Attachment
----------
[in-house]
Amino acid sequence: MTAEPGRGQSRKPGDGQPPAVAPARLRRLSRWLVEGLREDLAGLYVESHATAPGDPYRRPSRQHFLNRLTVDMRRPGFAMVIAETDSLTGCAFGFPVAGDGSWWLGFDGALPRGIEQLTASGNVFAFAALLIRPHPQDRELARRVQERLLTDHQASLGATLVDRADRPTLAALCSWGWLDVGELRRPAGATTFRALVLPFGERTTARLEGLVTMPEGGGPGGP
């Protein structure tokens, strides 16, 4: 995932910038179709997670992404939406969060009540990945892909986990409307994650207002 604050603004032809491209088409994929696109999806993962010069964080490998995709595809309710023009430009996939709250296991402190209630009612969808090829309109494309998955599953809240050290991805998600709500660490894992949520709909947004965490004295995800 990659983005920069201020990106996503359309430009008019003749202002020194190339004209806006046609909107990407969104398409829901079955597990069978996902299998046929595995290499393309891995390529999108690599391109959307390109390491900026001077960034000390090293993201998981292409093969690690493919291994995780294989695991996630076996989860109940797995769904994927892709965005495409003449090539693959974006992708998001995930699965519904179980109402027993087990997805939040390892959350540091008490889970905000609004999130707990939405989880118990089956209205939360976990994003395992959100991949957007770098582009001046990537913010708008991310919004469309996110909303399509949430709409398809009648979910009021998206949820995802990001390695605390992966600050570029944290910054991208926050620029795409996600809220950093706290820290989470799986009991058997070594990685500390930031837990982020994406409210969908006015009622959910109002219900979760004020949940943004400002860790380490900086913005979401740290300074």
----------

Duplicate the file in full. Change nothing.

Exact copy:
[in-house]
Amino acid sequence: MTAEPGRGQSRKPGDGQPPAVAPARLRRLSRWLVEGLREDLAGLYVESHATAPGDPYRRPSRQHFLNRLTVDMRRPGFAMVIAETDSLTGCAFGFPVAGDGSWWLGFDGALPRGIEQLTASGNVFAFAALLIRPHPQDRELARRVQERLLTDHQASLGATLVDRADRPTLAALCSWGWLDVGELRRPAGATTFRALVLPFGERTTARLEGLVTMPEGGGPGGP
């Protein structure tokens, strides 16, 4: 995932910038179709997670992404939406969060009540990945892909986990409307994650207002 604050603004032809491209088409994929696109999806993962010069964080490998995709595809309710023009430009996939709250296991402190209630009612969808090829309109494309998955599953809240050290991805998600709500660490894992949520709909947004965490004295995800 990659983005920069201020990106996503359309430009008019003749202002020194190339004209806006046609909107990407969104398409829901079955597990069978996902299998046929595995290499393309891995390529999108690599391109959307390109390491900026001077960034000390090293993201998981292409093969690690493919291994995780294989695991996630076996989860109940797995769904994927892709965005495409003449090539693959974006992708998001995930699965519904179980109402027993087990997805939040390892959350540091008490889970905000609004999130707990939405989880118990089956209205939360976990994003395992959100991949957007770098582009001046990537913010708008991310919004469309996110909303399509949430709409398809009648979910009021998206949820995802990001390695605390992966600050570029944290910054991208926050620029795409996600809220950093706290820290989470799986009991058997070594990685500390930031837990982020994406409210969908006015009622959910109002219900979760004020949940943004400002860790380490900086913005979401740290300074």